This guest column is written by Julius Klein. He is a Long Island developer and Aquebogue resident.
In a letter in last week’s Riverhead News-Review, Nancy Gilbert and Richard Wines called for “civil discourse” with respect to Jamesport Village, the community I have proposed for our hamlet. Change can set off deep emotions. Strong supporters and dedicated opponents of any project are often well-intentioned but can be misinformed about a proposal’s particulars. As shovel gets close to hitting the ground in Jamesport, rumors fly and people worry. Richard and Nancy are right: We deserve an honest dialogue about Jamesport Village. So let me speak as the landholder.
A number of years ago, I purchased a large parcel of land in the heart of Jamesport. My intention was to create a centerpiece project that would provide a focal point for our community. Under the town’s master plan, any developer would be permitted to build up to 42,000 square feet of retail space on the land I own. That would include everything from a chain retailer to a bodega. I could pop up another nameless, faceless menagerie of shops, take a profit and go home. I’m not like that; that’s not my style. I live here and I want to see a project that stands out for its beauty and enhances our hamlet.
I have watched Long Island sprawl. I saw farm fields up-Island give way to nameless, faceless strip centers. I have seen developers with no reverence for the land slap up endless, prefabricated steel centers to house the next bagel store, next to the tanning salon, next to the nail salon, next to the pizza place. At my age, the last thing I want to be a part of is creating another concrete cavern just to make a buck. On Long Island, “development” has become a dirty word, maybe for good reason, but when I travel Suffolk County, I am struck by spots like Stony Brook Village, Port Jefferson, Patchogue and Huntington Village. In each of these places, new architecture blends with old, shopkeepers provide a center to Main Street and residents visit local merchants who actually know their names. Plantings bloom, walkways are cobblestoned, lighting is quaint and the buildings make you think they’ve been here since Long Island’s first days.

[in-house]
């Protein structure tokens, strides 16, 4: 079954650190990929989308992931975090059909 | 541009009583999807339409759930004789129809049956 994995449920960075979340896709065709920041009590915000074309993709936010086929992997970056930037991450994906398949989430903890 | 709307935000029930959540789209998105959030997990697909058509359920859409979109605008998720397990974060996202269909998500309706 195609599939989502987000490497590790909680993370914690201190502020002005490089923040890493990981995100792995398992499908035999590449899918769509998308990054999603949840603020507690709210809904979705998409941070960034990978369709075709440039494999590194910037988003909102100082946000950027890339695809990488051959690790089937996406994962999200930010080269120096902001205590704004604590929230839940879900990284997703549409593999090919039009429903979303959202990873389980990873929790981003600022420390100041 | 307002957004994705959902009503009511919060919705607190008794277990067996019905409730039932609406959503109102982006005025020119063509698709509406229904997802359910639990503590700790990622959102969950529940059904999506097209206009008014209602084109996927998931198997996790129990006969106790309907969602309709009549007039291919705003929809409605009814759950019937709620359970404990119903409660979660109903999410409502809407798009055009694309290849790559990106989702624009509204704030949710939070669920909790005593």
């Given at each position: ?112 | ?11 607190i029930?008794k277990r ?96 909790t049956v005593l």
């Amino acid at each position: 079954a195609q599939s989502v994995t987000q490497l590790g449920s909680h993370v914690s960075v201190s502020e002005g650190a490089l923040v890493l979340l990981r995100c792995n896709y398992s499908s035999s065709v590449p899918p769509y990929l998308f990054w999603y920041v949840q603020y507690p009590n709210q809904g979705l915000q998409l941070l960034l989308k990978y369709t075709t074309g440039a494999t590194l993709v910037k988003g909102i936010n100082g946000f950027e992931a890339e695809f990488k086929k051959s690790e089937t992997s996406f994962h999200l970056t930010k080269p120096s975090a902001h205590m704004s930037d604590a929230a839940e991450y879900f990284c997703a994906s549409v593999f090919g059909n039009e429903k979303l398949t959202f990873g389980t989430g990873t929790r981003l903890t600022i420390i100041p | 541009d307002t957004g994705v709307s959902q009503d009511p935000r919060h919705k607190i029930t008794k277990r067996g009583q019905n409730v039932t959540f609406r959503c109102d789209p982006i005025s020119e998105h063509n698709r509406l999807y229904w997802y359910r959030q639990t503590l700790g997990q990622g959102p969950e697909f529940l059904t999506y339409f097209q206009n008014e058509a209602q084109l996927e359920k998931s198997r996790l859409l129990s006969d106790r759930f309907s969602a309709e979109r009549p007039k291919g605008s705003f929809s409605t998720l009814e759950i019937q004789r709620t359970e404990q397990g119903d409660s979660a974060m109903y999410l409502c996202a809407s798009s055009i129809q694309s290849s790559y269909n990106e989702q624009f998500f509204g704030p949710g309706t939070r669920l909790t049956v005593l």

A lot has been made of the “bistros” I sought permits for at Jamesport Village. People say these restaurants will bring fast food to our hamlet. I get the worry. But don’t worry. If it serves food and it has a clown you talk into to place your order, or a cute dog as a mascot, or features a king or an arch and their workers wear paper hats, I’m not interested. I had my lawyer stipulate that in the resolution just passed by the Town Board. Strange as it seems, I am just trying to build a nice project.
I intend to be a good and cooperative neighbor. I am willing to donate parking right of ways so that pedestrians don’t have to stake life and limb crossing Main Road coming from other centers. If desired, I will make indoor and outdoor space available for community meetings and events. Before we even break ground, I have commissioned the most up-to-date traffic studies and environmental reports so that Jamesport Village will blend into the community.
I admit it. Sometimes I’m not crazy about change either. But time moves on. We need tax base and if you are like me, you look back years later at the shops and places in your community with fondness. When I was a kid I had my picture taken in front of the Plaza Hotel; it was built by a developer and development can be as ugly or as special as we allow it to be.
In Jamesport it would be nice to have a place where kids can ride their bikes to local shops, couples can sit and chat on benches, neighbors can meet neighbors, there is music and families linger over the day’s paper and a cup of coffee. That’s what I want Jamesport Village to be.